Osterholm: Schools should deploy air filters, ‘quality masking’ to mitigate spread of COVID-19


Dr Michael Osterholm, director of the Center for Infectious Disease Research and Policy at the University of Minnesota, told 5 EYEWITNESS NEWS that there is no way to guarantee 100% safety for children when they return home. school this year, but he said there are ways to make schools “safer” as classrooms open up.

“My strong desire is to see every child aged 12 and over get vaccinated, because it is the best way to protect returning students,” Osterholm said. “But I would also say that school rooms should have air exchanges five to six times an hour and that they should also have portable HEPA air filters, which work very well to trap the virus.”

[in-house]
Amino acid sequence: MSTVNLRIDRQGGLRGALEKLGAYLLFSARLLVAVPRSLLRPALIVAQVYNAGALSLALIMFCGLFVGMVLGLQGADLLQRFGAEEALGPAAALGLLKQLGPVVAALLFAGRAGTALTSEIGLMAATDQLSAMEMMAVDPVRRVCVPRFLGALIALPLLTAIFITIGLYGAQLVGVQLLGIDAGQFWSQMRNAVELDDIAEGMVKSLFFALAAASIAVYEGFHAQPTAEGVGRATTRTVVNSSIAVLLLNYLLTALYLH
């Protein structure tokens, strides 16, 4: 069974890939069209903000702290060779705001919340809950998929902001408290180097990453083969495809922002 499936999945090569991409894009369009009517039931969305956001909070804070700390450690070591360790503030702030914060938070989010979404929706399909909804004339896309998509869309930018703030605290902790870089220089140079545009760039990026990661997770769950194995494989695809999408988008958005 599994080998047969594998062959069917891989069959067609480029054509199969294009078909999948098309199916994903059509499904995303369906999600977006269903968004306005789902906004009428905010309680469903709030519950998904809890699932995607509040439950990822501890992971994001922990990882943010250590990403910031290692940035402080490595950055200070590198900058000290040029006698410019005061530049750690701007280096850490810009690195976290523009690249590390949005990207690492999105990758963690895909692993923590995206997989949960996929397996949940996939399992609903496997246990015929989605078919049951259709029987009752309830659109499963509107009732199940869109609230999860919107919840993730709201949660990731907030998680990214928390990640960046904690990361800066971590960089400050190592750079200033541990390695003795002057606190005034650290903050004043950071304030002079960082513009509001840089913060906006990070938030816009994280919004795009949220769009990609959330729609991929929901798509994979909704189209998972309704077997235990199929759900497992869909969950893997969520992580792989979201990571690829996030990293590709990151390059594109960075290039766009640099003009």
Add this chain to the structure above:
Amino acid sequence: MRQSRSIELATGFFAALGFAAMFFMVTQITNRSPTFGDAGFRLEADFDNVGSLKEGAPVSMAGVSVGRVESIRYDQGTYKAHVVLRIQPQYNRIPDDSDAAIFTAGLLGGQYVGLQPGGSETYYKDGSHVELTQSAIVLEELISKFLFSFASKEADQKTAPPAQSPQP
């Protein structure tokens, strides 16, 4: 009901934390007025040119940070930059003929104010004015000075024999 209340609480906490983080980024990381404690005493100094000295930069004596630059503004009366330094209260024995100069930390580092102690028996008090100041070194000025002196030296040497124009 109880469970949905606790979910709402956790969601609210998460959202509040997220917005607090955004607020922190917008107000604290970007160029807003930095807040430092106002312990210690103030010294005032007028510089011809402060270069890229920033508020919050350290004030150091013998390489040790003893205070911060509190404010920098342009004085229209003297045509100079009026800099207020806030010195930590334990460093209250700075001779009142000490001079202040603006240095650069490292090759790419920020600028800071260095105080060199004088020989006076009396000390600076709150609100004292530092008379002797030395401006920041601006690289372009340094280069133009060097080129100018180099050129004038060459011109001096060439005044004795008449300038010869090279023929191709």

Osterholm said that when COVID-19 restrictions first went into place in early March 2020, data showed transmission among children to be relatively low, but the delta variant reversed that trend. Children between the ages of 5 and 17 are now “much more likely to contract the variant than adults.”

“The virus is spread very quickly between children, through children and to children,” Osterholm said. “And that’s why I think a 3-foot social distancing recommendation is wrong and schools should aim for much greater social distancing than the 3-foot distance recommended by the CDC.”

And Osterholm said he supports universal masking in schools but prefers what he calls the “type of masking that works best.”

“I’m very much in favor of masking, but what I really support is quality masking – masking that really works like N95 masks.”

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